In message <[EMAIL PROTECTED]>, David Wilson-Okamura <> writes
Commentators in the Renaissance routinely explain the proper name "Dis" as dis 'wealthy'. Cf. "Plouton" from "Ploutos" in Plato, Crat. 403a. I have two questions about this.

1. Is the Dis etymology valid?
Ernout-Meillet accept it; and I don't know of an alternative.
2. How old is it?
At least as old as Cicero (De natura deorum 2. 66), though Quintilian (1. 6. 34) took it to operate by contraries (quia minime dives).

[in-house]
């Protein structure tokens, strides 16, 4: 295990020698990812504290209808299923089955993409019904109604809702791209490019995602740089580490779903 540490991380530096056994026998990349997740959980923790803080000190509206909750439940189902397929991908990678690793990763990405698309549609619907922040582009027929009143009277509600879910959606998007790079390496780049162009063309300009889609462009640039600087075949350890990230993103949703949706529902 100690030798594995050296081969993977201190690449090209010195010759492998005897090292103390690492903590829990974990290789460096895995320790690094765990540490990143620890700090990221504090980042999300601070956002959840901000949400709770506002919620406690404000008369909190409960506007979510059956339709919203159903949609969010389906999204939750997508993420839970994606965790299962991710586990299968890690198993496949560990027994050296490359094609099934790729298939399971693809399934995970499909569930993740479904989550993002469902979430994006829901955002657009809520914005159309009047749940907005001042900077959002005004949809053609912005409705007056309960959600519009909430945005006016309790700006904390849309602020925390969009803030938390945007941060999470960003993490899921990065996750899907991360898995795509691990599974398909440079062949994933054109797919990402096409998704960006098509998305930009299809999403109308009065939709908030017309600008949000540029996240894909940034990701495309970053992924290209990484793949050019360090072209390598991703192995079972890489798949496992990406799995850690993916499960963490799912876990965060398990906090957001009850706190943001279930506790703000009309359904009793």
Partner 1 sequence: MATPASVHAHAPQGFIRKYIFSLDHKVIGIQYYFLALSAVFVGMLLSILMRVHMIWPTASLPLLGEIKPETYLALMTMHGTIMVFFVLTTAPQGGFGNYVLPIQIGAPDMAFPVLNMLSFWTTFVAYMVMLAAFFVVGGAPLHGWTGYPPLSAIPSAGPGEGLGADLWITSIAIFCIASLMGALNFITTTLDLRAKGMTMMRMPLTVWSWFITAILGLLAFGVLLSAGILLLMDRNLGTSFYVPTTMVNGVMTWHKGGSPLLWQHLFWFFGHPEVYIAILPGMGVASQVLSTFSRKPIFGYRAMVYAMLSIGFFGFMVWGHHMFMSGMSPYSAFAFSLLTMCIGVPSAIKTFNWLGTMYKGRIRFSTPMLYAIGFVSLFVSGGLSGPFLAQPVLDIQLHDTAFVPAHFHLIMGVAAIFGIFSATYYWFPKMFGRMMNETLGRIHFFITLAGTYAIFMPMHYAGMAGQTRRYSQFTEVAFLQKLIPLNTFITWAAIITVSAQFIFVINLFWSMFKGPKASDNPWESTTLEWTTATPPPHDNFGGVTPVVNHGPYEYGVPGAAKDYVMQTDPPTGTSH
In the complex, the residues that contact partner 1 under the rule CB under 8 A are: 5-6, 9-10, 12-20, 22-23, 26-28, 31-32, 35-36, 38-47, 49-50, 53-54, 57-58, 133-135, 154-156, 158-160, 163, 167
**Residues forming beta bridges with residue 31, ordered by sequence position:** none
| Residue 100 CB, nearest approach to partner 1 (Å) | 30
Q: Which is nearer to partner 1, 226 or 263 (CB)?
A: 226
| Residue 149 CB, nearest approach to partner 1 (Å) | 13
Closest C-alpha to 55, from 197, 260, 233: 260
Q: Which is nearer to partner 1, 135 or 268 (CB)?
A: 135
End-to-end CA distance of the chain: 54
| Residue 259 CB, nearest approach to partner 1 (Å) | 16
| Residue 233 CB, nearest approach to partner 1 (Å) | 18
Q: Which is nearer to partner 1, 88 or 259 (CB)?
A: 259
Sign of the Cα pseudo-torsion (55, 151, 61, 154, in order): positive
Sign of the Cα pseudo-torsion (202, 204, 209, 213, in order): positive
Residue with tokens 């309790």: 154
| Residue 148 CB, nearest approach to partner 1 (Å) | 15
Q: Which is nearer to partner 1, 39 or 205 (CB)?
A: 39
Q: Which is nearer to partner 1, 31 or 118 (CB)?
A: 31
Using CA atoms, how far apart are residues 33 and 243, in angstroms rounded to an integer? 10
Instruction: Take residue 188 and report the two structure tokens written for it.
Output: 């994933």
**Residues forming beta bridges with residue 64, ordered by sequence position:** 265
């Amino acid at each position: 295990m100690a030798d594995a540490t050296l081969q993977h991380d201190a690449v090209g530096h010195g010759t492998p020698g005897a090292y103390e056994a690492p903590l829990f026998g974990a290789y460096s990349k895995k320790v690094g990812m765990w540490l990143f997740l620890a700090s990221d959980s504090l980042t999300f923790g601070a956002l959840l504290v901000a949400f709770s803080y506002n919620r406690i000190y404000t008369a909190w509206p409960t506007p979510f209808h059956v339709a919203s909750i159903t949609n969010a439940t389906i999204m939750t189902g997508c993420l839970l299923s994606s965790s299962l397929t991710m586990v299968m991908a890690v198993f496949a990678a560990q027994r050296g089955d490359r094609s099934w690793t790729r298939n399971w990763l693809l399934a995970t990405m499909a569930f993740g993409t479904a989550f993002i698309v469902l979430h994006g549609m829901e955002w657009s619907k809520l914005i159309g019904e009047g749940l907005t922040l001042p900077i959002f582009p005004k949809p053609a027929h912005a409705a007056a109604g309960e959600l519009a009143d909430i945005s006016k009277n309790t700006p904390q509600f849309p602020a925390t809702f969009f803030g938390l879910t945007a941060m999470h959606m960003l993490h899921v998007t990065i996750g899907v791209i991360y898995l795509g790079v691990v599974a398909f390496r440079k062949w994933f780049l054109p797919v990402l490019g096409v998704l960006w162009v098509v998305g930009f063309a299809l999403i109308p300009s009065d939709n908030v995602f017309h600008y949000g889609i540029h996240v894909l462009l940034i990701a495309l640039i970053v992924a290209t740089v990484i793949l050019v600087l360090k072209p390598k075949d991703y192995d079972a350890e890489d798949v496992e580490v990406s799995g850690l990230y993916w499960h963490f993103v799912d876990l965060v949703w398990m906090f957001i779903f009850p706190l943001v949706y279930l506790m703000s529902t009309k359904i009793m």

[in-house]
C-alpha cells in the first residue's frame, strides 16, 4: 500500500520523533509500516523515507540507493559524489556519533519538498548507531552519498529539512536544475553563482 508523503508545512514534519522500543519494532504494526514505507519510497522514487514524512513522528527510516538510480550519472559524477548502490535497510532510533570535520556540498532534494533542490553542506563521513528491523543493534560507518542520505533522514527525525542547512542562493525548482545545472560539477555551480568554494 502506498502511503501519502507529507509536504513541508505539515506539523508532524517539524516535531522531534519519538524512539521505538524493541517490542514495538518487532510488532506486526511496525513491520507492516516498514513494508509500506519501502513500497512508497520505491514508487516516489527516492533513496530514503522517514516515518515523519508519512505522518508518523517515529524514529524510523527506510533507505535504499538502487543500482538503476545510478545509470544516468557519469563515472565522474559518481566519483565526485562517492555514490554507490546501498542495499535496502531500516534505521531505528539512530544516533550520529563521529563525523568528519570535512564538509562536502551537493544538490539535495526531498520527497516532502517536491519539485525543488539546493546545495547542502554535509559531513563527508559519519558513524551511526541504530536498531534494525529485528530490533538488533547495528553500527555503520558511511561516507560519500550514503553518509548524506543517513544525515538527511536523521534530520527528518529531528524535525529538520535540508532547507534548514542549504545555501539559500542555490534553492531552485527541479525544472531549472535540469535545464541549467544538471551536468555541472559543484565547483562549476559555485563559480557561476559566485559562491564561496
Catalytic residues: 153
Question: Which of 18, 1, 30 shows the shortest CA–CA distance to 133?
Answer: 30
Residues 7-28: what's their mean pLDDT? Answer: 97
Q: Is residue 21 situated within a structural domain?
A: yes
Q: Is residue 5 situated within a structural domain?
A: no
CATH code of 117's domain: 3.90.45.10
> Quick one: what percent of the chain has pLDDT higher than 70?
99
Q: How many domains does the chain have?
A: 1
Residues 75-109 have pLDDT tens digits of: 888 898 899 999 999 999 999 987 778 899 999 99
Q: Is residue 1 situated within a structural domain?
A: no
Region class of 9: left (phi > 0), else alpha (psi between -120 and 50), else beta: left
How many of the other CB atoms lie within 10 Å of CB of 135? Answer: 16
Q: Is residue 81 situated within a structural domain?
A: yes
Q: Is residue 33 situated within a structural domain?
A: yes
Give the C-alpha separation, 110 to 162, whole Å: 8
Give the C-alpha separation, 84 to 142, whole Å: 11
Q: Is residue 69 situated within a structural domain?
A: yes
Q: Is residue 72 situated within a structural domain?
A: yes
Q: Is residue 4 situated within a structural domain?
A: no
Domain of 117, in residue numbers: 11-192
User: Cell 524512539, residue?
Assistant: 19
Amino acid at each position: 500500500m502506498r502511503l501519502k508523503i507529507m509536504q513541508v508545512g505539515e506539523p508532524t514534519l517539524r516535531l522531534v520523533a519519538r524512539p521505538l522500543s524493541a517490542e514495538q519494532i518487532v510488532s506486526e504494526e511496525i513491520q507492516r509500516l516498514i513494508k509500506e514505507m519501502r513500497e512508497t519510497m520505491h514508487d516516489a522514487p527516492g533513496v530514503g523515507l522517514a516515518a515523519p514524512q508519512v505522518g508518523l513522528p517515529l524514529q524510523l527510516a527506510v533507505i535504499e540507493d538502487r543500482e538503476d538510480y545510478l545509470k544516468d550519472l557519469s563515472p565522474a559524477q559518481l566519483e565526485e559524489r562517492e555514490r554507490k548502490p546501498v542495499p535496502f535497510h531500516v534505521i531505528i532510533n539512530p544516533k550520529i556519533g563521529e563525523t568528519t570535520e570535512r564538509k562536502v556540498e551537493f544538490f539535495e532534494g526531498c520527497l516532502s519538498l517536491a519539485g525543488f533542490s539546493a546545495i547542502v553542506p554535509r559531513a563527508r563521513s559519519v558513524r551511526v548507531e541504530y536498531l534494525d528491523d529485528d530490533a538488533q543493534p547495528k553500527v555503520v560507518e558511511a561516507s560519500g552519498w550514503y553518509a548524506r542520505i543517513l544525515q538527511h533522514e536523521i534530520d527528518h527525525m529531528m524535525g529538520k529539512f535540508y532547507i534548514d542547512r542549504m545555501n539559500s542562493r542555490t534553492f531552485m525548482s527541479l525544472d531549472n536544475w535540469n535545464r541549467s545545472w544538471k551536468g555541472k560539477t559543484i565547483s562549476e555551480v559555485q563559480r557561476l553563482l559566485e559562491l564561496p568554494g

Leofranc Holford-Strevens


Leofranc Holford-Strevens
67 St Bernard's Road                                         usque adeone
Oxford               scire MEVM nihil est, nisi ME scire hoc sciat alter?

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